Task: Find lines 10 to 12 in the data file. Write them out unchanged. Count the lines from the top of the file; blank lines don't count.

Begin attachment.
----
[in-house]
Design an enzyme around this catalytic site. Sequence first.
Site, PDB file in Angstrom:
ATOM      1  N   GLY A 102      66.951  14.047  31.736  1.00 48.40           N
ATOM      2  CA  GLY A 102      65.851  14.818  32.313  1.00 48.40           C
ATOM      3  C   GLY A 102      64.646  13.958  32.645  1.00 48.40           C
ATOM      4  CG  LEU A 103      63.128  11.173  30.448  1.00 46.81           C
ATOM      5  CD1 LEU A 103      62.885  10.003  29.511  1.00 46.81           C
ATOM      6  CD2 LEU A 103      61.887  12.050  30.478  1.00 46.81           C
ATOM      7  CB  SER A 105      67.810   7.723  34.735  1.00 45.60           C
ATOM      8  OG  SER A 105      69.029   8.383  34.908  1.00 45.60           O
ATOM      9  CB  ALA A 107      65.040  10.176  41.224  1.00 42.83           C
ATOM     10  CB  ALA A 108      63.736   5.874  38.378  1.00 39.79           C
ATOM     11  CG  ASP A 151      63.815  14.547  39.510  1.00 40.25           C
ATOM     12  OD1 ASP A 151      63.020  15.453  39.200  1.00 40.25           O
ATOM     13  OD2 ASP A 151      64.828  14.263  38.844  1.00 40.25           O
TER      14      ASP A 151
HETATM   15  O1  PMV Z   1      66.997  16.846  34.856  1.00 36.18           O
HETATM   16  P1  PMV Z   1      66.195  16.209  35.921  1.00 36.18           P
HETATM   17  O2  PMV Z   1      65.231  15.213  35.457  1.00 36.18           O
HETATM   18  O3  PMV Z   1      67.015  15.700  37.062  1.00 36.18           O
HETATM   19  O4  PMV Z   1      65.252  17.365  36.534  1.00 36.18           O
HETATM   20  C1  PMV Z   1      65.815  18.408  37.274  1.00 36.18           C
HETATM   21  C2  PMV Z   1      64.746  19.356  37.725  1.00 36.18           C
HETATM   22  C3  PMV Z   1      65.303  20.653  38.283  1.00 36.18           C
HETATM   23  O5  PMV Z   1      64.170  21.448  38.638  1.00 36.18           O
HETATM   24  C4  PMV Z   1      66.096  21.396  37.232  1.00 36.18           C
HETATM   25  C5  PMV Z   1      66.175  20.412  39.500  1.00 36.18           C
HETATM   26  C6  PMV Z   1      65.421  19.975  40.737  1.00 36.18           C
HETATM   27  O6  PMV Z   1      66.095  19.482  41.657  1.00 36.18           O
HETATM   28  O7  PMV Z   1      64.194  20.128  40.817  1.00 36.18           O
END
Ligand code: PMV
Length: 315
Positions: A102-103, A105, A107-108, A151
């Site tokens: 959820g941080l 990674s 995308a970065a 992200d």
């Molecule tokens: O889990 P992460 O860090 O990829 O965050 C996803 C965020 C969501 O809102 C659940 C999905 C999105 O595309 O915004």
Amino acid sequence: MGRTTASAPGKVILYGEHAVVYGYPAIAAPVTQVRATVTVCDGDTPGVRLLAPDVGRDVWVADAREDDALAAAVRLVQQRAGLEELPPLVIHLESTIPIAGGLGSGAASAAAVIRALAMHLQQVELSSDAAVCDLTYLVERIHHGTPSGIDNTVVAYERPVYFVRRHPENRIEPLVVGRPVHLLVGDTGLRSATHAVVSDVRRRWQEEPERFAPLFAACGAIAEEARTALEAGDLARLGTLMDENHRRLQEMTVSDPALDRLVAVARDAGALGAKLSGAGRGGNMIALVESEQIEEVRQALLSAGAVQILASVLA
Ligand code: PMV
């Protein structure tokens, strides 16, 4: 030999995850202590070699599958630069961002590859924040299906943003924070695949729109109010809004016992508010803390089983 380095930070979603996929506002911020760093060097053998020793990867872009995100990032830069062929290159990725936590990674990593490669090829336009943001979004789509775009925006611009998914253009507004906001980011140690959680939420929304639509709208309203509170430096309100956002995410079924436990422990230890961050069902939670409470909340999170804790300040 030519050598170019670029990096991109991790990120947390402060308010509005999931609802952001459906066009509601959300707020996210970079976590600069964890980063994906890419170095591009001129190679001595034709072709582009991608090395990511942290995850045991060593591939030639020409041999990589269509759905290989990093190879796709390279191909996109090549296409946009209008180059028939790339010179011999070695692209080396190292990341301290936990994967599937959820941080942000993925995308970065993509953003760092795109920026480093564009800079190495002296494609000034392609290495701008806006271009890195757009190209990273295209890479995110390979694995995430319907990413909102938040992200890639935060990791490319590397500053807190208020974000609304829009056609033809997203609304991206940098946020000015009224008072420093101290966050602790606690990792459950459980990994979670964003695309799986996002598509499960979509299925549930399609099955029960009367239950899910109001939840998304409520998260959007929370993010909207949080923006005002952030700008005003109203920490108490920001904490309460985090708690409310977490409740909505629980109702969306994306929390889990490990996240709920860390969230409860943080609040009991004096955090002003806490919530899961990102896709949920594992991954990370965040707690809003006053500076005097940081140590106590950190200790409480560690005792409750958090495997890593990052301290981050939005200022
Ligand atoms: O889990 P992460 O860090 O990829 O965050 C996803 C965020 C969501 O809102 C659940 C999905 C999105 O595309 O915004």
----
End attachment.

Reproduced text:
ATOM      7  CB  SER A 105      67.810   7.723  34.735  1.00 45.60           C
ATOM      8  OG  SER A 105      69.029   8.383  34.908  1.00 45.60           O
ATOM      9  CB  ALA A 107      65.040  10.176  41.224  1.00 42.83           C